"Alright, go then if you want to," she said quietly. In response, he took her hand, as if pleading with her to understand. "No, if this is what you want, then go." She had tried. She watched him leave, knowing that Molly Weasley, who had a room on the third floor, where Remus slept, would be able to remove the silencing charm. She sighed. Maybe Muriel's plan was the only thing that would get through to him.

As she did every afternoon, she sat down at her desk to write, but nothing came to her. Instead, she thought about what Professor Trelawney had taught her about real prophesies. They couldn't overlap. Whatever was going to happen next must have already been prophesied. Dumbledore had repeated for her the prophesy about Harry Potter and Lord Voldemort. She knew that her sudden inability to predict might mean that their last confrontation was at hand. It was more than she could take. She needed to talk to Remus.

'But you can't talk to Remus. He doesn't want you.' Her mind seemed to be taunting her. In the end, she decided that an afternoon nap might be best. She wasn't doing anything useful anyway. She undressed slowly and climbed under the covers. Her sleep was uneasy, and plagued by the kind of dreams muggles have: dreams that are scary but without meaning, dreams that can't be remembered and won't come true. The kind of dreams that she hadn't had in over four years.

She awoke suddenly, aware immediately that it was very late. They'd let her sleep through dinner. Not sure what had awoken her, she sat up. There was a quiet knock on the door.

"Come in."

Remus came into the room slowly, a sheepish look on his face. "Did I wake you?"

"Yes, but I've slept long enough." He only nodded. When he came over to the bed, she moved over to let him sit down, holding the covers around her shoulders.

"I just came in to tell you that Dumbledore's sending us on another mission. We're going to leave in a few hours. I didn't want to go without saying goodbye." He looked at the floor as he spoke, avoiding her gaze. He didn't want to discuss what happened earlier. Maybe this time he'd be strong enough to really let her go. He knew it was too much to ask, expecting her to put up with his monthly transformations. He didn't want her to have to worry about all that. There was too much to worry about these days as it was.

"I didn't write about anything today," she said worriedly.

"No, there's been no story about this one." He knew that would upset her. She'd gotten used to a certain amount of control over the fates of the Order members. Honestly, he was a little worried himself. It was unusual for anything really important to happen before she wrote the story for it. And he knew this one was going to be really important. Dumbledore had summoned nearly everyone to Hogwarts.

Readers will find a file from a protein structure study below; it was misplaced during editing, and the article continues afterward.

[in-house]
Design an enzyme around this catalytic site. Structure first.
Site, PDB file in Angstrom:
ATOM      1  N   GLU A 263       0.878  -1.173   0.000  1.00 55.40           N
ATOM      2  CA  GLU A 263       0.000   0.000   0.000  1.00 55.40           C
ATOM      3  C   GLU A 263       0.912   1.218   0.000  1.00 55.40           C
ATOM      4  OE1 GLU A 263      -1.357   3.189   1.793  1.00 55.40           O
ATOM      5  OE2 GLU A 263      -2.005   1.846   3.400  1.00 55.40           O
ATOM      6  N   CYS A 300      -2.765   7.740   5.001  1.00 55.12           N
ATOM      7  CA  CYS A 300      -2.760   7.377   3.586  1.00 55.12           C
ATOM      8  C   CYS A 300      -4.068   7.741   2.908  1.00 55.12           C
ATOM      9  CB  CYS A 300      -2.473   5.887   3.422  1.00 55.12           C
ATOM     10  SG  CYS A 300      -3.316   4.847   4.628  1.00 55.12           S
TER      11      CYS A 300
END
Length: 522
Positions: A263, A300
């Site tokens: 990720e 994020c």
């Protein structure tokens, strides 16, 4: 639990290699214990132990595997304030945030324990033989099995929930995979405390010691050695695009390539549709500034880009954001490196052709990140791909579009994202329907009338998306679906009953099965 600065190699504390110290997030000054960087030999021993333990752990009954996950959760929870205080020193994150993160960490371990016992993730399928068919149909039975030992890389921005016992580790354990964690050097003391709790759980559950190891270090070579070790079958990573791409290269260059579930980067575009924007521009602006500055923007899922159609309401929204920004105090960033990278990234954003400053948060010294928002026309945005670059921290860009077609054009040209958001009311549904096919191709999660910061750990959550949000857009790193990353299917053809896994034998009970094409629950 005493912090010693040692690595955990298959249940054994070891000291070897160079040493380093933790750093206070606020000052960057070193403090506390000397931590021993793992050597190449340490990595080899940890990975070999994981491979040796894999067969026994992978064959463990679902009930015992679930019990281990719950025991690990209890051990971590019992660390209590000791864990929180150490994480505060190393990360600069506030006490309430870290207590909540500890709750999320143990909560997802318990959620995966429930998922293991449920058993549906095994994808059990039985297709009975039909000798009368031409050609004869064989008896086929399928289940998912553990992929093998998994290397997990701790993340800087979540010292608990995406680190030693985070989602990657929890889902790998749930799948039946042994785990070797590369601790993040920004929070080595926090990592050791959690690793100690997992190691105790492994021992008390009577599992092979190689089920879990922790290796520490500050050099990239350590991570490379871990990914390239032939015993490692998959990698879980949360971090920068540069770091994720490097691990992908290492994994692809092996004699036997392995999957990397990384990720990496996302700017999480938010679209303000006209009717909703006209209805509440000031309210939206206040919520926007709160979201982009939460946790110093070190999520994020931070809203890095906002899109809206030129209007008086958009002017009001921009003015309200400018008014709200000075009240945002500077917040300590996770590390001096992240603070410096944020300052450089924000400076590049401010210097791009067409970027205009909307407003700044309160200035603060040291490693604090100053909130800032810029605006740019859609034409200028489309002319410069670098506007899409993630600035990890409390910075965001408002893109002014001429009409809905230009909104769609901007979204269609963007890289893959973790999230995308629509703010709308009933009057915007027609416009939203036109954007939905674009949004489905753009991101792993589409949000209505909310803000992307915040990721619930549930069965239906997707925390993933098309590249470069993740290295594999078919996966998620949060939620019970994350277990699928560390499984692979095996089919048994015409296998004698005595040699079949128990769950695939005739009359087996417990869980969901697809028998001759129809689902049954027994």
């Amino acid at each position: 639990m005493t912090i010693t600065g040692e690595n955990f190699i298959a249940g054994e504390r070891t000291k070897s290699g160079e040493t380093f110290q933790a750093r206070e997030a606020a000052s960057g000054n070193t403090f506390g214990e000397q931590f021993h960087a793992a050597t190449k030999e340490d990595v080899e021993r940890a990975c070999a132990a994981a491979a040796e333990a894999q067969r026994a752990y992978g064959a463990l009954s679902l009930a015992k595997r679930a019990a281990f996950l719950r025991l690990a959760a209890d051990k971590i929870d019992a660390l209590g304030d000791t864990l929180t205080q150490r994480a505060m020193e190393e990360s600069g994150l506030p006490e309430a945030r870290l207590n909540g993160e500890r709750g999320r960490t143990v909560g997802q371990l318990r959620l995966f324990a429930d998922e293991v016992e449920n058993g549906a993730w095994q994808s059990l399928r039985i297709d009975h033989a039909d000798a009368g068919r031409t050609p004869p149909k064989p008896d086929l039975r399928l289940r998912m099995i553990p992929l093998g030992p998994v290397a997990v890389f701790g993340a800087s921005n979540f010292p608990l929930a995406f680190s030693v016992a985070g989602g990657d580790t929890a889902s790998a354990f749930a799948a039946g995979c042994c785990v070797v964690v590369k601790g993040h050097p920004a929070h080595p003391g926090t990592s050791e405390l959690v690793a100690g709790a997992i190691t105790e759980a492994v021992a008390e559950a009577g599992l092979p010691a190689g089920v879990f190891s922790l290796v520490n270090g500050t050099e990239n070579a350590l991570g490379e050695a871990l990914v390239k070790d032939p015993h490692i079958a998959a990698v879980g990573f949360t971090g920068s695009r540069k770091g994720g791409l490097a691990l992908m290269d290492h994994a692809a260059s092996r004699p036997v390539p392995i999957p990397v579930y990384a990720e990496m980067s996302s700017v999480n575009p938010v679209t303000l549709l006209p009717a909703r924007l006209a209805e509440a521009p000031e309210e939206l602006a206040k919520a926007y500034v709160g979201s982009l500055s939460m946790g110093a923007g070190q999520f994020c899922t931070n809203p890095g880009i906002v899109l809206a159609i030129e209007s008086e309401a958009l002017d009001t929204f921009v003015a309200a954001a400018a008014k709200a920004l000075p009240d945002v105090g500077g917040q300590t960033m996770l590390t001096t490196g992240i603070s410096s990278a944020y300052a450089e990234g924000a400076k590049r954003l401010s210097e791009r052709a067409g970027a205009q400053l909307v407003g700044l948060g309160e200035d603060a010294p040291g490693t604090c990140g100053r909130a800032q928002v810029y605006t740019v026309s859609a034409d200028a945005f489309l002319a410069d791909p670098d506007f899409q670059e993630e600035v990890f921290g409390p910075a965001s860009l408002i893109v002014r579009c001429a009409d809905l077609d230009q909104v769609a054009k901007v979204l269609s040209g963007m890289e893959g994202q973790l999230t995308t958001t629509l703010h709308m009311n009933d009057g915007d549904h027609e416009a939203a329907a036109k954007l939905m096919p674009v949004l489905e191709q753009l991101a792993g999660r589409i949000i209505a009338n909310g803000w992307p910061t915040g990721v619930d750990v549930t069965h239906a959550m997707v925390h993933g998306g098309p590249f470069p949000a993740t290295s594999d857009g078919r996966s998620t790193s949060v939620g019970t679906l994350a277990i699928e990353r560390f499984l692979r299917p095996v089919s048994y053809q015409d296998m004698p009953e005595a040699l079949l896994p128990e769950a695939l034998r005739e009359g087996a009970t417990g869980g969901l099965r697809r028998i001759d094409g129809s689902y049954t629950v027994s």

Theda hesitated. Should she tell him why she hadn't been able to write? Would the knowledge protect him? She didn't know. All she knew was that she didn't want him to go. She sat in silence as he said goodbye. When he stood and leaned down to kiss her forehead, she finally found her voice.

"You don't have to go, Remus," she whispered.

He looked into her eyes. She'd always seemed so strong and in control. Now she just looked scared. "You know I do, Dumbledore and the others are counting on me," he answered quietly. She shook her head.

He left her room quickly, closing the door behind him, and went downstairs. He was surprised to find Sirius sitting at the kitchen table with a brand new bottle of fire whiskey. He hadn't found him here more than a handful of times since the wedding.

He raised an eyebrow. "Not you too?"

"Nope," Sirius said cheerfully. "This is for you." He pushed the untouched glass over to his friend.

"She's right then? I've really done this every month like clockwork, haven't I?" He was amazed to think that his best friend had been able to predict this so easily. Maybe he really was just being a prat.

The smile faded from Sirius' face and he nodded. "Yeah, Moony, you have. Mur says you're putting that girl through hell. How did she take it this time?"

Remus managed a faint smile. "She used a silencing charm. She didn't even let me say it. But she's definitely acting strangely." He paused, watching, as his friend poured him a drink. He downed it quickly. His eyes fell shut as he swallowed, and when he opened them, he caught Sirius' amused expression.

"What did she say?" Sirius prompted. Muriel had told him the advice she'd given Theda. He found it amusing that the girls were ganging up on his friend.

"I told her I'd be leaving in a few hours, and she said I didn't have to go. All these years, she's never said that about a mission for the Order, except the one time you ran into Wormtail. Maybe he has something to do with it." Remus had a revolted look on his face. "I do wish Harry had let us kill him. You would have been cleared when we brought his body back to the castle, and this might all be over by now."

Remus looked longingly at the bottle of firewhiskey as he spoke, not seeing it. For this reason, he was unaware that Sirius was valiantly stifling his laughter. "Moony, go back to that first part. She said you didn't have to go?"

Remus looked up, startled. "Yeah, I got up to leave and - "

Sirius cut him off. "Oh, Remus, you stupid git!" he exclaimed vehemently. "She wasn't talking about the mission for the Order!"

"What?" Remus asked, obviously still not quite understanding. Sirius smirked at him indecently until something clicked behind his friend's eyes. "You don't think she meant - " The look on Padfoot's face was enough to answer the unfinished question. Remus looked back down at the empty glass in front of him.

Sirius couldn't help but laugh out loud at the look of shock on his friend's face. His laughter soon died, however, when he realized that Remus wasn't moving.

"Well?" He asked finally. "Aren't you going to go back up there?"

Remus didn't look up at him. "What would I say? 'Hey I just figured out what you meant, and decided that would be fun?' I don't think that would go over very well." His voice was bitter, and Sirius was surprised. It wasn't often that Remus was anything but mild tempered.

"NO!" Sirius said forcefully. "The first thing you should say is 'I'm sorry.' You can improvise from there."

Finally Remus looked up, a slow smile spreading across his face. "I owe her an apology for this afternoon anyway."

Sirius grinned impishly back at him, and watched as Remus jumped up from the bench and practically ran up the stairs.

AN: To be continued – in another fic (already posted) called "I Would Choose to be With You".

So, this is your last voting opportunity. Who wins? The boys or Venus? Let me know and I'll post the final results with the Epilogue. Thanks again to everyone who reviewed!